LANDOVER, Md., Nov. 16 According to the recently released follow-up study to the Multimodal Treatment Study on Attention-Deficit/Hyperactivity Disorder (MTA) in the August issue of the Journal of the American Academy of Child and Adolescent Psychiatry (JAACAP), children and young people with AD/HD who received carefully managed medication alone or in combination with behavioral management and educational adaptations fared better than children who did not. However, study participants who no longer received intensive interventions and returned to standard community-based care had lost the initial advantages after three years.
These findings show highly intensive treatment works best when begun early and consistently maintained. If high quality treatment is not continued, the initial benefits may be lost several years later. Lead researcher Peter Jensen, M.D., has emphasized the need for parents and healthcare providers to work closely together for the benefit of the child affected by AD/HD. Unfortunately, recent reports in the media have misrepresented the MTA's findings and drawn unsubstantiated conclusions.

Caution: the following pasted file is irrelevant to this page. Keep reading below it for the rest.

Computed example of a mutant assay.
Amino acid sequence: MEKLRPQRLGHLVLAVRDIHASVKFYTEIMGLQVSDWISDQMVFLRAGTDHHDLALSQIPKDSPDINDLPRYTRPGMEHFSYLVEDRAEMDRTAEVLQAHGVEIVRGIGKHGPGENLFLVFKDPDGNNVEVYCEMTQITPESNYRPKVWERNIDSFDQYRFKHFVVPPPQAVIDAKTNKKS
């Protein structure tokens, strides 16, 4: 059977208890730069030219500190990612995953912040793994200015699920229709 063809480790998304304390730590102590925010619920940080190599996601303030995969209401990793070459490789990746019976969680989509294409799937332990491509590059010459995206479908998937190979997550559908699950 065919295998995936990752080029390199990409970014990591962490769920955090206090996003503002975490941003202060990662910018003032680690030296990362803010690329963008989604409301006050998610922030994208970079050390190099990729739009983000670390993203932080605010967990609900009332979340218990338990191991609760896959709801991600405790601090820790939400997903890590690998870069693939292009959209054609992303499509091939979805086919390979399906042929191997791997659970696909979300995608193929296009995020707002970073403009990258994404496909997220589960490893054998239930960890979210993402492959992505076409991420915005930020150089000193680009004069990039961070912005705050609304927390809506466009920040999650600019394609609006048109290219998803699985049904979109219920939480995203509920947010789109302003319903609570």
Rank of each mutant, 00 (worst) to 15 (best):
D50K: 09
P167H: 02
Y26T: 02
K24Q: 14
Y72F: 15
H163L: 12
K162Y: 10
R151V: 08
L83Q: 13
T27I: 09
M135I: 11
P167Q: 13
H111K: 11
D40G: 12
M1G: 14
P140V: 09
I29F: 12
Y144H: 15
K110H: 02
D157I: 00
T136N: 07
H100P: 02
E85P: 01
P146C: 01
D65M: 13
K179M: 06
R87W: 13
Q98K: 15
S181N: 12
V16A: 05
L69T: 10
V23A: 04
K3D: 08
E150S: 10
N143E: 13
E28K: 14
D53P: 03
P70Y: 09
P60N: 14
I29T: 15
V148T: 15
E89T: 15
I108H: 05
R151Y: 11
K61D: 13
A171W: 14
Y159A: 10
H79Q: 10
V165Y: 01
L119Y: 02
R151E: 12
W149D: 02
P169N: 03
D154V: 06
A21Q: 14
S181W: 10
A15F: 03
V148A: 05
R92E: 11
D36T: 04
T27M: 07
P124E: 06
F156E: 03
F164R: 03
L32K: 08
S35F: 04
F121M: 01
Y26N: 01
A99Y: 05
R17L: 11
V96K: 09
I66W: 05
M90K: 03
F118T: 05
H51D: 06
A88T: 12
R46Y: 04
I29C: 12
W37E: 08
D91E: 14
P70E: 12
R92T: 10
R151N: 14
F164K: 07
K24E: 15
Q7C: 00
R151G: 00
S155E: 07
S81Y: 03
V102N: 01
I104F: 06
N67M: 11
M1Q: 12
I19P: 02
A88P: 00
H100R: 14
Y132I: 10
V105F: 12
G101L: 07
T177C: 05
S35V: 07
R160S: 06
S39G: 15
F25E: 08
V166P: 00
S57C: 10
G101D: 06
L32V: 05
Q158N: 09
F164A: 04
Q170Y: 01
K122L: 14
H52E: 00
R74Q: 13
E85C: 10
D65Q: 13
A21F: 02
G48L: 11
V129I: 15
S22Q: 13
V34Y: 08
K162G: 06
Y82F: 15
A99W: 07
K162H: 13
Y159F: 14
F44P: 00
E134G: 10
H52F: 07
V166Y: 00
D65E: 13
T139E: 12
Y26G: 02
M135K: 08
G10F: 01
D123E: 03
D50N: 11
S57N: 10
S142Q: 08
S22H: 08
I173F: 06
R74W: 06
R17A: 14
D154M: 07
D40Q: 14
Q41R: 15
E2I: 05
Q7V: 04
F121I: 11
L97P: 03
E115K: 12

CHADD, Children and Adults with Attention-Deficit/Hyperactivity Disorder, encourages each family to work with their healthcare providers for the most effective treatment for their families and children affected by AD/HD.
To read an interview with Jensen concerning the findings, go to http://www.chadd.org/AM/Template.cfm?Section=Press_Releases1&Template=/CM/ContentDisplay.cfm&ContentID=5158.